There are a few pieces of paperwork that you will need to complete at the beginning and end of the internship. They can be found in the LIS 690 and 691 (for school librarians) syllabi. The syllabus for each of these courses is posted on the blog: www.liu.edu/palmerblog. The most important document you need to complete is the Learning Contract. The contract encourages you to think about what you hope to accomplish, what the goals are for the internship, and what your learning goals are. The Learning Contract is signed by the site supervisor so that s/he knows exactly what your aims are and whether or not they are realistic or possible at that site. The Learning Contract should be handed in either before the start of the class or at the first meeting of the class along with the Intern Information Sheet. These two documents will tell us where you’re working and under whose supervision. If your site has not hosted a Palmer intern before, you will need to have them complete a Host Site Application. All forms can be found in the internship handbook..
- What is the internship class?
The internship class meets three times during the semester and serves to support your internship and assess your progress throughout the semester. The class works on and critiques resumes, discusses issues that may arise in the workplace, and shares ideas and concerns. Please remember that your internship instructor and the Internship coordinators, Dr. Bea Baaden (email@example.com) and Heather Ranieri (firstname.lastname@example.org) are always available if you need help with anything related to the internship.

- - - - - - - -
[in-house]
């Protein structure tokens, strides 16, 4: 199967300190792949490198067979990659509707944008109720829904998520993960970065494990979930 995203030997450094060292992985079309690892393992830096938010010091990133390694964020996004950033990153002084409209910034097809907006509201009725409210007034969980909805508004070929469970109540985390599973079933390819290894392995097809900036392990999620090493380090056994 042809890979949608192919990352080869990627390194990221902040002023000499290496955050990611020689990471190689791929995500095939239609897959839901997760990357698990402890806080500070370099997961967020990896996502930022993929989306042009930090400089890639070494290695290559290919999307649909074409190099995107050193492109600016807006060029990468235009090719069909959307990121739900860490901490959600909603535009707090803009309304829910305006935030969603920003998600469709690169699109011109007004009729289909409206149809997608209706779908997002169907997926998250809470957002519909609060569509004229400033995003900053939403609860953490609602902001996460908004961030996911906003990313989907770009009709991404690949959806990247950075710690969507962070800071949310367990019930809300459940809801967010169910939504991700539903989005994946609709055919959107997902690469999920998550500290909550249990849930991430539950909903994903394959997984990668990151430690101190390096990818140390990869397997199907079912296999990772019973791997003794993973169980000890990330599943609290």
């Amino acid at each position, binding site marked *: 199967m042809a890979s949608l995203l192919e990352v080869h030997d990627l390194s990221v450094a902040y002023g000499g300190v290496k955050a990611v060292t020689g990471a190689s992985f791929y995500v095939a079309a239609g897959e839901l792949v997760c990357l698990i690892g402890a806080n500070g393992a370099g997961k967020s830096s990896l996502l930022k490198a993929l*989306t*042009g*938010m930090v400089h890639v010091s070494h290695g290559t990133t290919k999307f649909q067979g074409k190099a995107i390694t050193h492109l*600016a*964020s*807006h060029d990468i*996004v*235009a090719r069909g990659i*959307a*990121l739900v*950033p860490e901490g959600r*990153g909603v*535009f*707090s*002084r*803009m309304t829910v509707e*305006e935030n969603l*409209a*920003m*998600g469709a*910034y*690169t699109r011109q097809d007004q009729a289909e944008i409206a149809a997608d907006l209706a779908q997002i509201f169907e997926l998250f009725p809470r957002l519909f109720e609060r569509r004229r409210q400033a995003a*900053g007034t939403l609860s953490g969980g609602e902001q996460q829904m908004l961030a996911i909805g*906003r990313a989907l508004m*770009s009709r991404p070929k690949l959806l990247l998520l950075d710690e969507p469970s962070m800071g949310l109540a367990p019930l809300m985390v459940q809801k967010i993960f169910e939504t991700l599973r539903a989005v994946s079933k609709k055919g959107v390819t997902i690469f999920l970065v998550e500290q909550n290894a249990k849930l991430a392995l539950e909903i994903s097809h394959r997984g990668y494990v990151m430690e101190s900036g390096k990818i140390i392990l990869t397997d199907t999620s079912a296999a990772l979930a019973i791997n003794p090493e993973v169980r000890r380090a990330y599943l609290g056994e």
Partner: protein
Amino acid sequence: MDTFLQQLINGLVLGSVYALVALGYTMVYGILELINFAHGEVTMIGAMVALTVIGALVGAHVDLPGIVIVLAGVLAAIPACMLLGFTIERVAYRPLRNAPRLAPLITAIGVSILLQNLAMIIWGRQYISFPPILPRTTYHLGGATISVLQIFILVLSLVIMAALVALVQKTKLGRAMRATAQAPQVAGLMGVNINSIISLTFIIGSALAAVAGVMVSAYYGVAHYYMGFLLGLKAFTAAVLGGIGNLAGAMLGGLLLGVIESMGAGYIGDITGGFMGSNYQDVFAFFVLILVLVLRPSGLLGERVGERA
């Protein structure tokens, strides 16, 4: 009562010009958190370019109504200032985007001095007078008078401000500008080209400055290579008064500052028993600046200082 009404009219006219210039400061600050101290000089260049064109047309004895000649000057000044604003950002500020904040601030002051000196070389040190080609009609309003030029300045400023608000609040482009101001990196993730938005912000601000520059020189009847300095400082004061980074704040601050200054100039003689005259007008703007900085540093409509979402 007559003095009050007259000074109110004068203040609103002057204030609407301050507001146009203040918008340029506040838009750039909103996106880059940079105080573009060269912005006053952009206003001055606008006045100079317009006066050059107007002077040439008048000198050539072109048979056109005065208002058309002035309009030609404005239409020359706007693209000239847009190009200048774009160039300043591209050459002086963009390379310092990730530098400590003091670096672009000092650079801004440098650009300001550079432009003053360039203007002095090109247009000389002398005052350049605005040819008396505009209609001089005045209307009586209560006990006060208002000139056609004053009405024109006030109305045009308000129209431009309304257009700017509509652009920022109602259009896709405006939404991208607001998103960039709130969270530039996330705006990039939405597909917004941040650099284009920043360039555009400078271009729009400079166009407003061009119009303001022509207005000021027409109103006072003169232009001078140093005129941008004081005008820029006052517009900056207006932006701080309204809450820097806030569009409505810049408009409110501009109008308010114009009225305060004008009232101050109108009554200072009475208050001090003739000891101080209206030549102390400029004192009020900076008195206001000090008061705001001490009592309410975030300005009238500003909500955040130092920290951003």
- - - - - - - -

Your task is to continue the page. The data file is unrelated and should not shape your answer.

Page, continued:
- What am I required to do for the course?
Apart from working the 120 hours, you’ll notice in reading the syllabus that you will need to do a final report. We want to see how the internship met (or didn’t meet!) your learning and personal goals. This final short paper is due at the end of the semester, ideally to be handed in at the last class, along with your evaluation of the internship and the site supervisor’s evaluation of you. Students might do a daily journal, a blog, or a paper to fulfill this requirement.
- I am a school library student. Do I have the same requirements in LIS 691?
Please note that school library students have a different set-up in that they have to do 240 hours in two different school settings. They are expected to hand in lesson plans at the end, and need to be observed by someone from the School Library concentration. Please refer to the School Library syllabus, LIS 691, for details.
We hope this helps you as you begin your internship planning. Be sure to look at the internships listed on the blog. Our students have worked at wonderful sites all over Long Island, Westchester, and NYC. To a person they say that the internship was a fantastic and extremely helpful experience. We hope that you find that to be the case too, and we look forward to working with you in the coming semesters. Your next step is to read over the internship handbook!!
Some recent internship sites:
The American Museum of Natural History
Brooklyn Historical Society
Center for Jewish History
Christie’s Auction House
Folger Shakespeare Library
Frick Collection (art reference library)
Jewish Theological Seminary
Long Island University
Metropolitan Museum of Art
Morgan Library and Museum
Museum of Modern Art
Museum of the City of New York
New York Academy of Medicine
New York Public Library
New York Society Library
New York University
Newark Public Library
New-York Historical Society
Oyster Bay Historical Society
Stony Brook University
Swann Auction Galleries
University of Missouri at Columbia
92nd St. Y